Stockholm (dpa) – The so-called alternative Nobel Prizes were awarded in Stockholm on Thursday evening. Only one of the four winners was able to personally receive the award: human rights activist Ales Belyazki from Belarus.
US civil rights lawyer Bryan Stevenson and Nicaraguan activist Lottie Cunningham Wren were unable to attend the ceremony in Stockholm due to the corona and were called in via video. Iranian human rights lawyer Nasrin Sotudeh had to go back to prison on Thursday and thanked her as an audio message.
The Right Livelihood Award, commonly known as the Alternative Nobel Prize, is presented every year by the Right Livelihood Foundation. It honors people who work for peace and a more just and sustainable world, often at high risk. This also applies to this year’s prize winners. “Everyone fights against the threat to democracy and gives others the courage to stand up,” said Ole von Uexküll, the foundation’s director. He was shocked that the Iranian Sotudeh had to be arrested again shortly before the ceremony.
In her previously recorded acceptance speech, the lawyer said that the award was a great honor for her. “Under these difficult circumstances, he energizes me and my family to continue on my path,” her words were translated. Sotudeh has stood up as a lawyer for political activists and for women who have publicly removed their headscarves to protest the Iranian legal situation. The Iranian regime sees her as an enemy of the state and has been sentenced to more than 30 years in prison. In her speech, the lawyer drew attention to the plight of all political prisoners in Iran.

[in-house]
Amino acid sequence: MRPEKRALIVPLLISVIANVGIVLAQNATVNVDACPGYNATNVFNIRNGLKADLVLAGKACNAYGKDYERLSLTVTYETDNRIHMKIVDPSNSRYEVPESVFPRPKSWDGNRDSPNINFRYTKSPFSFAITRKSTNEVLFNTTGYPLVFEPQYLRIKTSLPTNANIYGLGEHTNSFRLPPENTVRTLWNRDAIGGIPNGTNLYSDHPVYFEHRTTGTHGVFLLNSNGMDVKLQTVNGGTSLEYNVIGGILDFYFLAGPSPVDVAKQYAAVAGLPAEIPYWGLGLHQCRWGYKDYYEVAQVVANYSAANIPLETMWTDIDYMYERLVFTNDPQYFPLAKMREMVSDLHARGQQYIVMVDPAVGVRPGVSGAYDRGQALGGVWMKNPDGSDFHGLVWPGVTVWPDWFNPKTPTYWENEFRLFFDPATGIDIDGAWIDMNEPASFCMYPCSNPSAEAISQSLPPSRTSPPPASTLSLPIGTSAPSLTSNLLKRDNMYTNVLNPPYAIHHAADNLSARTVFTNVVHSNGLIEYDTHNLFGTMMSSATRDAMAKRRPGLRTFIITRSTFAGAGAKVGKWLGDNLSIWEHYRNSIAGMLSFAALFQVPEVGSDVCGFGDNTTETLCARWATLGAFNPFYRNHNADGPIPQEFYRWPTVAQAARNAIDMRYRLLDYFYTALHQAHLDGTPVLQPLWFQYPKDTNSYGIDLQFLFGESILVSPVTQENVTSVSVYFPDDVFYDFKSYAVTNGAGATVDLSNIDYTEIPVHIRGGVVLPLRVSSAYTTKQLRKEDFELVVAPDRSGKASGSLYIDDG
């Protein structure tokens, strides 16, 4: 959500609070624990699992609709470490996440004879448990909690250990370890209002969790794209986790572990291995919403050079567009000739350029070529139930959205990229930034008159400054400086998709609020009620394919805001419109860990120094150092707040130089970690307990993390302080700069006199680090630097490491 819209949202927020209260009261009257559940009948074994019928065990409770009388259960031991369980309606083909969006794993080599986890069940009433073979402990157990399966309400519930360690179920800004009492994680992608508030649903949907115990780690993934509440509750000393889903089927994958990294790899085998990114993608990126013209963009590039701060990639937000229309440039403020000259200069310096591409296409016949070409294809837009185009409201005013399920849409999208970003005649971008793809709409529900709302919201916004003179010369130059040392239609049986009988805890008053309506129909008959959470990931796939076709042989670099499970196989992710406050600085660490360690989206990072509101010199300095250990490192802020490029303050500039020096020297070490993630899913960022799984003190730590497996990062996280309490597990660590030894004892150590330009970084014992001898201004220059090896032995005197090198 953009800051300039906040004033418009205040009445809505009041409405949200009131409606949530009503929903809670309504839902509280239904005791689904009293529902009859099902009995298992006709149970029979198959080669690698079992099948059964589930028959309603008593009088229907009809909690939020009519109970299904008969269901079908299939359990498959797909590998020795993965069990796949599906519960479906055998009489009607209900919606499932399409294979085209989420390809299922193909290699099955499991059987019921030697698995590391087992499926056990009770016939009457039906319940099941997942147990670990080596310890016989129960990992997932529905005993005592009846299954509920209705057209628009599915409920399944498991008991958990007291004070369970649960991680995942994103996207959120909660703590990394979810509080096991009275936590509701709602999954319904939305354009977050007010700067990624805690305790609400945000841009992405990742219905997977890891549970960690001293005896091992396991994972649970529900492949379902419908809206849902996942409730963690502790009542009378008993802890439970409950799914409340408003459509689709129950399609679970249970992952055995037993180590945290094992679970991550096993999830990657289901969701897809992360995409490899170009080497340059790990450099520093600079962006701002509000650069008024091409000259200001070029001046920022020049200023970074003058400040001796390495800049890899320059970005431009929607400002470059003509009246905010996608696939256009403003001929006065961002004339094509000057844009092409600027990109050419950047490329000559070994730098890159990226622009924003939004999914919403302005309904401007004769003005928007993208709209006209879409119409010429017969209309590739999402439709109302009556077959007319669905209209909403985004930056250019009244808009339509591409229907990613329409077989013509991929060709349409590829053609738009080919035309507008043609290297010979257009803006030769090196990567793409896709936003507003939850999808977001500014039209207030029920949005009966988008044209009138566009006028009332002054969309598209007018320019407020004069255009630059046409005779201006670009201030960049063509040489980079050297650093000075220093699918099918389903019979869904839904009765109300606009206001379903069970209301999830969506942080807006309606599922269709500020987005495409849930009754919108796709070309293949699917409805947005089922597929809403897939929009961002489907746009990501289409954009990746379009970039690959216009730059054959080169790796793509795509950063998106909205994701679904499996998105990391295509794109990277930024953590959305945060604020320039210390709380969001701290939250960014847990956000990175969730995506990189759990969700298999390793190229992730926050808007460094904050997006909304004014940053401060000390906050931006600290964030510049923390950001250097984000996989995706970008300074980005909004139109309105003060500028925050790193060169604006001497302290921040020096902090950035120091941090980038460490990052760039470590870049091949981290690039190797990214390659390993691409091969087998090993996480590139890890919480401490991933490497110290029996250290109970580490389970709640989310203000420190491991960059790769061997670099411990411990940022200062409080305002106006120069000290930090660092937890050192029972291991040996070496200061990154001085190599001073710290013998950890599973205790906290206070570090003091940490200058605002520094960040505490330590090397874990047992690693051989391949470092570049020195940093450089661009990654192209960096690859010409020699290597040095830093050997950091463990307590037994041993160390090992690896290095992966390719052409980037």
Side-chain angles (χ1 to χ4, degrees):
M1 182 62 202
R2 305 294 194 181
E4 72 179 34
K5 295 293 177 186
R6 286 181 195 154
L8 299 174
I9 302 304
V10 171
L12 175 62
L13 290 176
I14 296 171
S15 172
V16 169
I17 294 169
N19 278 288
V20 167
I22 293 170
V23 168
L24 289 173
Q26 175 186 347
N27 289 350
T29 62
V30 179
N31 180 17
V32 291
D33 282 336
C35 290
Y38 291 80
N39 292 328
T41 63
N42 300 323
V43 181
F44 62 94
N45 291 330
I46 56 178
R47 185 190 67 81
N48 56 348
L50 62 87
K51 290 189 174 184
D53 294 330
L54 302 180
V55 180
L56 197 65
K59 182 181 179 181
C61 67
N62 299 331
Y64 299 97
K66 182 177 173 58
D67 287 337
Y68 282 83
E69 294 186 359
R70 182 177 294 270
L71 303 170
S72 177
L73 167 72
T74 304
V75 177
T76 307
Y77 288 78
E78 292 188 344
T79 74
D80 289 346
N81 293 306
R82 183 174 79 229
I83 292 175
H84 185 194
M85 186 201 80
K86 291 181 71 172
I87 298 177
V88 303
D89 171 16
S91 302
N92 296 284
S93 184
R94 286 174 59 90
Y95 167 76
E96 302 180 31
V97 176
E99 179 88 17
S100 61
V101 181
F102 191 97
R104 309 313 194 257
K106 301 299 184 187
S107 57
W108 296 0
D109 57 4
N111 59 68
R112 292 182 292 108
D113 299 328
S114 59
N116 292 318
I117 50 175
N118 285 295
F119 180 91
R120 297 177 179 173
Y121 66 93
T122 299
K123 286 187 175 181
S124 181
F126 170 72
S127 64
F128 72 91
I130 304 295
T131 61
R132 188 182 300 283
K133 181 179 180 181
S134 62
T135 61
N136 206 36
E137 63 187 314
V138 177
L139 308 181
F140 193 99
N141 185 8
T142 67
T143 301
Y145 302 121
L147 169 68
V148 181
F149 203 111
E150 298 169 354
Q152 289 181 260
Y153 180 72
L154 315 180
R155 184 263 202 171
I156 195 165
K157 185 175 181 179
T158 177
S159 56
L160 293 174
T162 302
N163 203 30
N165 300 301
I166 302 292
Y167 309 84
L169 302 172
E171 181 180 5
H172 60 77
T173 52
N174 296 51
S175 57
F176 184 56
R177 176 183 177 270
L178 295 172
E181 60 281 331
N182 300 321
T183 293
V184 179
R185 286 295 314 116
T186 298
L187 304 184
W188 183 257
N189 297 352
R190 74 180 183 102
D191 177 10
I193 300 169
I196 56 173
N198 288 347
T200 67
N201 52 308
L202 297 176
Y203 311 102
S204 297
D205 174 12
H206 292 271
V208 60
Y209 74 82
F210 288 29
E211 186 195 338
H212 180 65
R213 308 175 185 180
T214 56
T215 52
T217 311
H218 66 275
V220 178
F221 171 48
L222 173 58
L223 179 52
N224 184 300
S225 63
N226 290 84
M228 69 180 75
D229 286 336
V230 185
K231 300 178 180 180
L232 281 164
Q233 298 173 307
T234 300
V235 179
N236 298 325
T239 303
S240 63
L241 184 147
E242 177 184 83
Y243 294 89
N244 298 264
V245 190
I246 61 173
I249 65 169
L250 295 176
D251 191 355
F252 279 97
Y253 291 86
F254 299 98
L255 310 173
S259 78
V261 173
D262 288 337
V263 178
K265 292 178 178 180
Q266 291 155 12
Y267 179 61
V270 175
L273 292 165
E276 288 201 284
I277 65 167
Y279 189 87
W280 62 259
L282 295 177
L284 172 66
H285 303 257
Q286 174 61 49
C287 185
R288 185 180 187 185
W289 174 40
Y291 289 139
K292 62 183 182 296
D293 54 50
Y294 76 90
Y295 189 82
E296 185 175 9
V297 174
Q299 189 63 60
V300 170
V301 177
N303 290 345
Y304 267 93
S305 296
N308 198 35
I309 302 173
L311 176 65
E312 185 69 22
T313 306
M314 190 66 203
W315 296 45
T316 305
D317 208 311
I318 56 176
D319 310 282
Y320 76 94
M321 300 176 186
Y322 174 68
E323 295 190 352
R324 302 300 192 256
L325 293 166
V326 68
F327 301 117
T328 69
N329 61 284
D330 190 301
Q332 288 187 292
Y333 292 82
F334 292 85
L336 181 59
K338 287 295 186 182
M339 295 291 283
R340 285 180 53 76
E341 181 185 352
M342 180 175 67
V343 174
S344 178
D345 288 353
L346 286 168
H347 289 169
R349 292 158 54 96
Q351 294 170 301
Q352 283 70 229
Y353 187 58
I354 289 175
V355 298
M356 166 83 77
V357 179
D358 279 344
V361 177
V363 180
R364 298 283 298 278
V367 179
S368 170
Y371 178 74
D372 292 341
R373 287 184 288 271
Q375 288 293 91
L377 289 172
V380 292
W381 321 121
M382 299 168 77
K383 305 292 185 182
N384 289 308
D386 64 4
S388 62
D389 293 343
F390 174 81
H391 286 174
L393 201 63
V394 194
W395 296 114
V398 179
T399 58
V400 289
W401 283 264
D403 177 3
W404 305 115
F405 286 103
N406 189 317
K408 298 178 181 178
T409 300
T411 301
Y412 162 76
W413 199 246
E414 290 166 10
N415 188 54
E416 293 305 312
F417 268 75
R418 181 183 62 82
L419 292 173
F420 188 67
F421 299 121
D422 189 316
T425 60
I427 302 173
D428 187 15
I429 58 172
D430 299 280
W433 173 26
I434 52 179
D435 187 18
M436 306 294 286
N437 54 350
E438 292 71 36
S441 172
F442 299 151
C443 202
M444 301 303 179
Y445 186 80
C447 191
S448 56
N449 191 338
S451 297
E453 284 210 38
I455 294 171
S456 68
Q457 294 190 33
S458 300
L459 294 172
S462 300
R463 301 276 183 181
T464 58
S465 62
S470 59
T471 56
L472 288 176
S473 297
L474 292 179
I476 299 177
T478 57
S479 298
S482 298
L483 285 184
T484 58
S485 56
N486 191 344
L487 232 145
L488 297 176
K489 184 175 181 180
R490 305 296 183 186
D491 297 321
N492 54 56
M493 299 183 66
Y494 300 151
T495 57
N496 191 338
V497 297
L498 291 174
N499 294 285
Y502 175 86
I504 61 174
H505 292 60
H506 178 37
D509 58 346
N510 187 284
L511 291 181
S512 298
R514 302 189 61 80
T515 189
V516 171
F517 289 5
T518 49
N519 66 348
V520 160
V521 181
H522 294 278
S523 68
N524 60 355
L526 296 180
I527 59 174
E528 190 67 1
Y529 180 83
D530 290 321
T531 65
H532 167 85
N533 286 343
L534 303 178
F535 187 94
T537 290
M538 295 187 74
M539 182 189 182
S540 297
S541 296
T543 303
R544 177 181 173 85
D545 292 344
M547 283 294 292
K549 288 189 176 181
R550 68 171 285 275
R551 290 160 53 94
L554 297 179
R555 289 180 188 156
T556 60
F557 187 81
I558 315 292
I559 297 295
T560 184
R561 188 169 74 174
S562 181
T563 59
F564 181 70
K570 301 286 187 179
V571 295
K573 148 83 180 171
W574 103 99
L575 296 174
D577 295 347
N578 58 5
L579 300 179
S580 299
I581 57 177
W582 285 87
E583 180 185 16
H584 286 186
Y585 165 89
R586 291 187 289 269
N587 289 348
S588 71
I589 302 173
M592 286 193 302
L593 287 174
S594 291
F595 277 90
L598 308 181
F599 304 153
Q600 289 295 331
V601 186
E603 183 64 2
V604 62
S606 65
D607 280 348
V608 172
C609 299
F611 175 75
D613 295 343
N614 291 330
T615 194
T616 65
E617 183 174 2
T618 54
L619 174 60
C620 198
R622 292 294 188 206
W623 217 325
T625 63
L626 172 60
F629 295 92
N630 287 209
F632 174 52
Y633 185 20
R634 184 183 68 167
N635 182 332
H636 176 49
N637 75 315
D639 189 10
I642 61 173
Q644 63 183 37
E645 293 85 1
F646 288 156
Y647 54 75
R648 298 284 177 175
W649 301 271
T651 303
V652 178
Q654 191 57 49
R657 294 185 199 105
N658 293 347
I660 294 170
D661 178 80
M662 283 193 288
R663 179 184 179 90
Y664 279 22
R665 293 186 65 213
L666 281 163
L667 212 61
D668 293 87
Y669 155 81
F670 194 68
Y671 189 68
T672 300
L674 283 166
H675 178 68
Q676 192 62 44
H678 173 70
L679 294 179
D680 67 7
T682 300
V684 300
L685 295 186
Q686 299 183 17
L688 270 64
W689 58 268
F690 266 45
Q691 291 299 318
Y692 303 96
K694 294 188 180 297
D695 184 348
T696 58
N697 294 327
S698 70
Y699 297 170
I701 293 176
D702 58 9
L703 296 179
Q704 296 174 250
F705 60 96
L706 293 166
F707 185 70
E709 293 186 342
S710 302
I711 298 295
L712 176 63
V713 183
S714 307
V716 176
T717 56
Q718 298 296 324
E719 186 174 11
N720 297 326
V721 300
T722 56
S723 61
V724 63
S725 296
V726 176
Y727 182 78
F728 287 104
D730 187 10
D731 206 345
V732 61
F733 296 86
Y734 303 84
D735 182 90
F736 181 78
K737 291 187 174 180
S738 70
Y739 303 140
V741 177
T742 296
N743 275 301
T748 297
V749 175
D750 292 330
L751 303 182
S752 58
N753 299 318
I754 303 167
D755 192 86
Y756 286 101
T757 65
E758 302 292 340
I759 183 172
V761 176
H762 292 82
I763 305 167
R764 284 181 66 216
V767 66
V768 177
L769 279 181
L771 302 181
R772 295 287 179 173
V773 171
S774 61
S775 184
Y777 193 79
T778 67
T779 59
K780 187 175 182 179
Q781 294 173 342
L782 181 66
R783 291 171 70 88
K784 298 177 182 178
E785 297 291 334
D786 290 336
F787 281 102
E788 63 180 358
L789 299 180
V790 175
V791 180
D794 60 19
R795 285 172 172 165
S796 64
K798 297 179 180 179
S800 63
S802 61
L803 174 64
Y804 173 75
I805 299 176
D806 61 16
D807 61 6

Ales Belyazki, who fights for democracy and human rights in Belarus with his organization Wesna, said he sees the award as moral support and a sign of solidarity in the democratic world for the Belarusian people. “This is a clear signal to the Belarusian authorities that the world will never accept the massive human rights violations currently taking place in Belarus,” he said.
With the award from the American Stevenson, the Right Livelihood Foundation drew attention to the racism debate in the US. “I live in the country with the most arrests in the world,” said Stevenson. The civil rights lawyer has saved countless innocent convicts from the death penalty. “I work against a system that treats you better when you are rich and guilty than when you are poor and innocent,” Stevenson said in a Montgomery column.
Lottie Cunningham Wren emphasized that she received the award on behalf of the indigenous peoples of Nicaragua, whose territory is under threat from armed settlers. “For a long time I went with my people, with those who are hungry and thirsty for justice, who suffer forced displacement, who suffer violence, environmental destruction or violations of their fundamental rights. I’m here for you. “
This year, 182 nominations from 71 countries were eligible for the Right Livelihood Award. The prize money is one million Swedish kronor (approximately 98,000 euros) per winner and is intended to help them continue their work.